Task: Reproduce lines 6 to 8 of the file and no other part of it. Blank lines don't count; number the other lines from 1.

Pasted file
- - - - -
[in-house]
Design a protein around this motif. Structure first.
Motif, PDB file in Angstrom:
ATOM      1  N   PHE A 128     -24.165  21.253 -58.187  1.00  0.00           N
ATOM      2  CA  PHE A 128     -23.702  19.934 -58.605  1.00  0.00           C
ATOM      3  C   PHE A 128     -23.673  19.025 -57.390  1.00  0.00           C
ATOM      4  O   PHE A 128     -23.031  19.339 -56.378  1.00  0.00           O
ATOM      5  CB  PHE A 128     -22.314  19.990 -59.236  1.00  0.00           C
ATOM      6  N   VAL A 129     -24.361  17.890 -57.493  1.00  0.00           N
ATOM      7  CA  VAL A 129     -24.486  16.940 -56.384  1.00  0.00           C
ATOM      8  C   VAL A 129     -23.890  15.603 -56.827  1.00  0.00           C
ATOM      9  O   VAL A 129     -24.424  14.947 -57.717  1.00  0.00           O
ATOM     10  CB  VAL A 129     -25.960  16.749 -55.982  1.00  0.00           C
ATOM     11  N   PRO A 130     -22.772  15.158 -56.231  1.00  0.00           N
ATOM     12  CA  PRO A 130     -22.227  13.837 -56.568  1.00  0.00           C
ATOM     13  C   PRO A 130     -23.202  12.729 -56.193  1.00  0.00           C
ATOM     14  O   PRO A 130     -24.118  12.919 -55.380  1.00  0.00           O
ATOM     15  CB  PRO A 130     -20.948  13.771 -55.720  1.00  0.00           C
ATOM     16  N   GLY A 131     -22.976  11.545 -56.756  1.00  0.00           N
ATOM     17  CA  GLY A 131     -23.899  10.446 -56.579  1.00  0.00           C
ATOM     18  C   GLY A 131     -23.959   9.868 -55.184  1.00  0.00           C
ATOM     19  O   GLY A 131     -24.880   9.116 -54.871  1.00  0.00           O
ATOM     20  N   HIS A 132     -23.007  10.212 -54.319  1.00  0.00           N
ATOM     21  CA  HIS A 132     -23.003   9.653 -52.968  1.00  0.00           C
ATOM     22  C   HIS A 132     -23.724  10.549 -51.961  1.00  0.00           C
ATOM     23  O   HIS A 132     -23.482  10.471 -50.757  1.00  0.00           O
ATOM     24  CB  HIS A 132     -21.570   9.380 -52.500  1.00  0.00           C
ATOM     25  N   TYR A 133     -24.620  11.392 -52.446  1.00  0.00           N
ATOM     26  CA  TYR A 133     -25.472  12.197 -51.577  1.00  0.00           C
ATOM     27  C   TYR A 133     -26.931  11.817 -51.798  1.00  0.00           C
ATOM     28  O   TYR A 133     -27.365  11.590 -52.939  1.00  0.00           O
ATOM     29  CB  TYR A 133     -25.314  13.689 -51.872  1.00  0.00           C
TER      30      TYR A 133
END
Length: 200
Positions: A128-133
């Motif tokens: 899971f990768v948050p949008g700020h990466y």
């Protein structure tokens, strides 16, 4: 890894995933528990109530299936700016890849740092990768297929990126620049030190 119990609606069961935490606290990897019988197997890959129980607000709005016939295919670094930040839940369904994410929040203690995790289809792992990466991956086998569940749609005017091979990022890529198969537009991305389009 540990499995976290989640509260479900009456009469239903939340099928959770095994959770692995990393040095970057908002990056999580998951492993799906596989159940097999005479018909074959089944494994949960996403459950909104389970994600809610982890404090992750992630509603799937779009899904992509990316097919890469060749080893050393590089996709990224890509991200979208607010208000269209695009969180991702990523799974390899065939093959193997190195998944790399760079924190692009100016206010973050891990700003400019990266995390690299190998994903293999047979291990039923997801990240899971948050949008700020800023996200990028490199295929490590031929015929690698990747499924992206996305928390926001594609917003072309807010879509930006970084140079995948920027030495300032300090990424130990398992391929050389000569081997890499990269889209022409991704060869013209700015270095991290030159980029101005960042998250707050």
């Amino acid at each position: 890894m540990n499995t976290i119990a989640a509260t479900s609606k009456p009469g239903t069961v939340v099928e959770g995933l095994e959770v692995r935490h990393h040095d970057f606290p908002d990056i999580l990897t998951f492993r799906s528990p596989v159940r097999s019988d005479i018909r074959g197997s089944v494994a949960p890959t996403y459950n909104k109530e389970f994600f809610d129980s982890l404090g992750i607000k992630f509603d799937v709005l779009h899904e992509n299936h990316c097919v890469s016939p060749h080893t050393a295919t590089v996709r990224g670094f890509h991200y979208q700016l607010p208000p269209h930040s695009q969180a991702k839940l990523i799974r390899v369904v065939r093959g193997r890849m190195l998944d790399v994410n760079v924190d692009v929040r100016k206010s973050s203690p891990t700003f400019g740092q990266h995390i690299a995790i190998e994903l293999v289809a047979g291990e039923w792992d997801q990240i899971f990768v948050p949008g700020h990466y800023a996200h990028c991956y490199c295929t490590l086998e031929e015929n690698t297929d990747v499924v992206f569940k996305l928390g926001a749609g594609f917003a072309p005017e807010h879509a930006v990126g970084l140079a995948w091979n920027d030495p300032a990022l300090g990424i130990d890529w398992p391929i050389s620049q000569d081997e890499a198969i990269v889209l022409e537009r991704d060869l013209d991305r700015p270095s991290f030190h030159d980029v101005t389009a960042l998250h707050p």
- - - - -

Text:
ATOM      3  C   PHE A 128     -23.673  19.025 -57.390  1.00  0.00           C
ATOM      4  O   PHE A 128     -23.031  19.339 -56.378  1.00  0.00           O
ATOM      5  CB  PHE A 128     -22.314  19.990 -59.236  1.00  0.00           C